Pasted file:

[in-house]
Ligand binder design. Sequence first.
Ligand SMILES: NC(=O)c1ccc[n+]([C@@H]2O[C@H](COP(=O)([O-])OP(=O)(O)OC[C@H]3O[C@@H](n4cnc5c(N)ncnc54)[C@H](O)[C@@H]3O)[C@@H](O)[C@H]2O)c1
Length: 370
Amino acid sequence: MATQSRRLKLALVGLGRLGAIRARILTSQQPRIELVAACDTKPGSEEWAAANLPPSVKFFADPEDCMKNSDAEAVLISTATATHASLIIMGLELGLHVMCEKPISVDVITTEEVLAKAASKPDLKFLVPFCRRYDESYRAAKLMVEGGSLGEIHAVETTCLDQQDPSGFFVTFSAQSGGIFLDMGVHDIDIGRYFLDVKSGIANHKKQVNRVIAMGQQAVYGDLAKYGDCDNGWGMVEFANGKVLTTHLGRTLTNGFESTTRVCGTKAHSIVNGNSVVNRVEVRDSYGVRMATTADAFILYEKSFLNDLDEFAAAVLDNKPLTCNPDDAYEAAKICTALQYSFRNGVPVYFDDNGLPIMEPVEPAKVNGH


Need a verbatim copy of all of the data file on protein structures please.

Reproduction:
[in-house]
Ligand binder design. Sequence first.
Ligand SMILES: NC(=O)c1ccc[n+]([C@@H]2O[C@H](COP(=O)([O-])OP(=O)(O)OC[C@H]3O[C@@H](n4cnc5c(N)ncnc54)[C@H](O)[C@@H]3O)[C@@H](O)[C@H]2O)c1
Length: 370
Amino acid sequence: MATQSRRLKLALVGLGRLGAIRARILTSQQPRIELVAACDTKPGSEEWAAANLPPSVKFFADPEDCMKNSDAEAVLISTATATHASLIIMGLELGLHVMCEKPISVDVITTEEVLAKAASKPDLKFLVPFCRRYDESYRAAKLMVEGGSLGEIHAVETTCLDQQDPSGFFVTFSAQSGGIFLDMGVHDIDIGRYFLDVKSGIANHKKQVNRVIAMGQQAVYGDLAKYGDCDNGWGMVEFANGKVLTTHLGRTLTNGFESTTRVCGTKAHSIVNGNSVVNRVEVRDSYGVRMATTADAFILYEKSFLNDLDEFAAAVLDNKPLTCNPDDAYEAAKICTALQYSFRNGVPVYFDDNGLPIMEPVEPAKVNGH